There are many different types of love in this world, thus there are many different ways of expressing love. What revolves around that love, and the many different circumstances, trials, and tribulations that a love might face can greatly influence the outcomes of that love. These trials and tribulations can also be seen as different literary elements when used in plays. When looking at Shakespeare's Romeo and Juliet, he used many different themes and elements to provide complexity to the love story. Shakespeare cleverly takes the main theme of the play, love, and ties in other elements such as time, stage imagery, and language to pull the whole play together in a way that makes one think about the play on other levels.
A love that must revolve around time and is not allowed to take a natural course is ultimately the worse kind of love that there ever was for man. Love must be patient and not done in haste. If so, then it is ultimately doomed to fail, as is the case of Romeo and Juliet. Being as that their love revolves around time it cannot be natural and open and take a natural course. The timing of each action influences the outcome of the play. While some events are of less significance, some are crucial to the development of this tragedy. Time is a big issue when it comes to their love, because time almost becomes an object that lurks over them.
Looking at the start of Romeo and Juliet's love, it is apparent that the only time they can meet safely is at night, hence their first meeting, although, not planned was at night at the Capulet's party. The first time we see both Romeo and Juliet as individuals was during the day in which neither were happy. Romeo was melancholy as we see when he states "Is the day so young?" (876), and goes on to say "sad hours seem so long" (876). The day is not his favorite time since his heart aches from love. Juliet on the other hand is not happy, because her parents are considering marriage for their young daughter of only thirteen. Juliet simply replies with marriage being "an honour that I[she] dream[s] not of" (883). It is very apparent to the reader that both are not happy at the present time of day.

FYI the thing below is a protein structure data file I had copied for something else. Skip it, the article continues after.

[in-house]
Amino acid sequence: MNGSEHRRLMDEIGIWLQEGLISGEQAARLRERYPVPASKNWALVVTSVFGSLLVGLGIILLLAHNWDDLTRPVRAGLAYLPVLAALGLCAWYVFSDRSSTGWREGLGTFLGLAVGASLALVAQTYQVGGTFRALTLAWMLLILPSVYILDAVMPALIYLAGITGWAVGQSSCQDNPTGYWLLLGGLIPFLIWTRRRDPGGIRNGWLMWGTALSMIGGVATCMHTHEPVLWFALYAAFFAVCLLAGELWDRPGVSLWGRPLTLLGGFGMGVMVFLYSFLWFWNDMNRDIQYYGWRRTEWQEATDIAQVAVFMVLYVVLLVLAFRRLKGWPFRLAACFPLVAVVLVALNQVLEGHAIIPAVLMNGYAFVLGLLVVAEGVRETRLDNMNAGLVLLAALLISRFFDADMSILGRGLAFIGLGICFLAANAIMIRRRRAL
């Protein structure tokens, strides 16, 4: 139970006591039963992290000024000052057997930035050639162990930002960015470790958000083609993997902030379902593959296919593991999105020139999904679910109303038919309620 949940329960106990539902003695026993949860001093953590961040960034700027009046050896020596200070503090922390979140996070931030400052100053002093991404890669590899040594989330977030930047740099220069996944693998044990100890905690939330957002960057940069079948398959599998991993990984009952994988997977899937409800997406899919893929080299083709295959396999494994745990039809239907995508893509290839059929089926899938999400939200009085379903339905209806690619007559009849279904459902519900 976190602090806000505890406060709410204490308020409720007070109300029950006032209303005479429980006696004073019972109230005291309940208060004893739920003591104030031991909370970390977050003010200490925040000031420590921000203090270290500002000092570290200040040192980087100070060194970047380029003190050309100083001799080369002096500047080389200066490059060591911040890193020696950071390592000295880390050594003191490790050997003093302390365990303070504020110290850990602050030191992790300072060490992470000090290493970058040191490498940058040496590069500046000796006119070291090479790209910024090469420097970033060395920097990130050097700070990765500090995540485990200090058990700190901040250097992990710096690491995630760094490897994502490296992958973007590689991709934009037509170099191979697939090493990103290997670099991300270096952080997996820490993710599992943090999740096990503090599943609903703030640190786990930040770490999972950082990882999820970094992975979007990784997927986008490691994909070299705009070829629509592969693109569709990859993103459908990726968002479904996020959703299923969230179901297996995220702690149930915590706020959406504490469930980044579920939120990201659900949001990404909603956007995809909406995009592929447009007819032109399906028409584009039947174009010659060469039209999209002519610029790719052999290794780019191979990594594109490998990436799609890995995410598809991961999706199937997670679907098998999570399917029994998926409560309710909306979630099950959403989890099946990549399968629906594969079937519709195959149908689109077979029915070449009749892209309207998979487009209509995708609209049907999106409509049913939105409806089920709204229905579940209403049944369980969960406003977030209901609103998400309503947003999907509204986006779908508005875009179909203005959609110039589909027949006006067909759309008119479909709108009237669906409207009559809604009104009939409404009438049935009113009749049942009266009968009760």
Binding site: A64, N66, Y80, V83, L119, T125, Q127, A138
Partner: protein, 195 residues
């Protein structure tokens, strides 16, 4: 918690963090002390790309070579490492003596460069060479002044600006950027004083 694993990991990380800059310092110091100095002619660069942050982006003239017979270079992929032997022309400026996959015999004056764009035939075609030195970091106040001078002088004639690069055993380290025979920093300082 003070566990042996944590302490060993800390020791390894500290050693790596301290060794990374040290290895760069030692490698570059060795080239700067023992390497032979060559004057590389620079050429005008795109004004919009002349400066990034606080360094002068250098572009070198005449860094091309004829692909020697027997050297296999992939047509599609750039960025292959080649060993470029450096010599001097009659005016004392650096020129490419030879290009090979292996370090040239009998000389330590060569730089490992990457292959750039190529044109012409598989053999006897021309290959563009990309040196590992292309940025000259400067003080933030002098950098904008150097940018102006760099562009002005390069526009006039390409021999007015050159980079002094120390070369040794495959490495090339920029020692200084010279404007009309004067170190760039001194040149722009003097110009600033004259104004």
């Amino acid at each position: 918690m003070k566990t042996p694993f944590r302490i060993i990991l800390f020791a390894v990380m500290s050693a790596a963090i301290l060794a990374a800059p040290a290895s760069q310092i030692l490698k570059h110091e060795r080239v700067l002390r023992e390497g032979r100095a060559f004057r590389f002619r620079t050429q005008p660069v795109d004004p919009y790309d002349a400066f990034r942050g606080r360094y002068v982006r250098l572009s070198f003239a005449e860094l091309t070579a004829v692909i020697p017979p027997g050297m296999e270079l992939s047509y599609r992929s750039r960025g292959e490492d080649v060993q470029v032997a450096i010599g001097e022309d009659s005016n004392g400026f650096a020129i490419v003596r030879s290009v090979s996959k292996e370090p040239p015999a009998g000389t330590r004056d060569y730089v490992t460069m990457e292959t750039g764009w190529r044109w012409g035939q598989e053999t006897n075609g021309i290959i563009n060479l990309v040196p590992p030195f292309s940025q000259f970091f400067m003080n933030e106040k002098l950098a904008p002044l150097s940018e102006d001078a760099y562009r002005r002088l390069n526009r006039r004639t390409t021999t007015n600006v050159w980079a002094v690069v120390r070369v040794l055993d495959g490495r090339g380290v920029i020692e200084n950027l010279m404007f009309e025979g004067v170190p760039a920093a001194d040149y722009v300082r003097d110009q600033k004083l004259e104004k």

Timing is a big part all through the whole first act. Such as when Tybalt discovered Romeo at the party in Act 1, scene 5, it was right after Romeo and Juliet had first met. Tybalt's timing was a bit too late for avoiding the meeting of the two lovers. Timing was good and bad for both cases. Once their identities were revealed, the timing of the feud between the two families could not be any worse, as Juliet expresses "my only love sprung from my only hate!"(889). Even though both lovers realized that they were "supposed" enemies there was nothing that could stop their love, not even time.
Once Romeo and Juliet talk, even though they do not know each other's names, it is an unrequited love that both are swept off their feet by. In Act 2, scene 1 Romeo is almost begging for...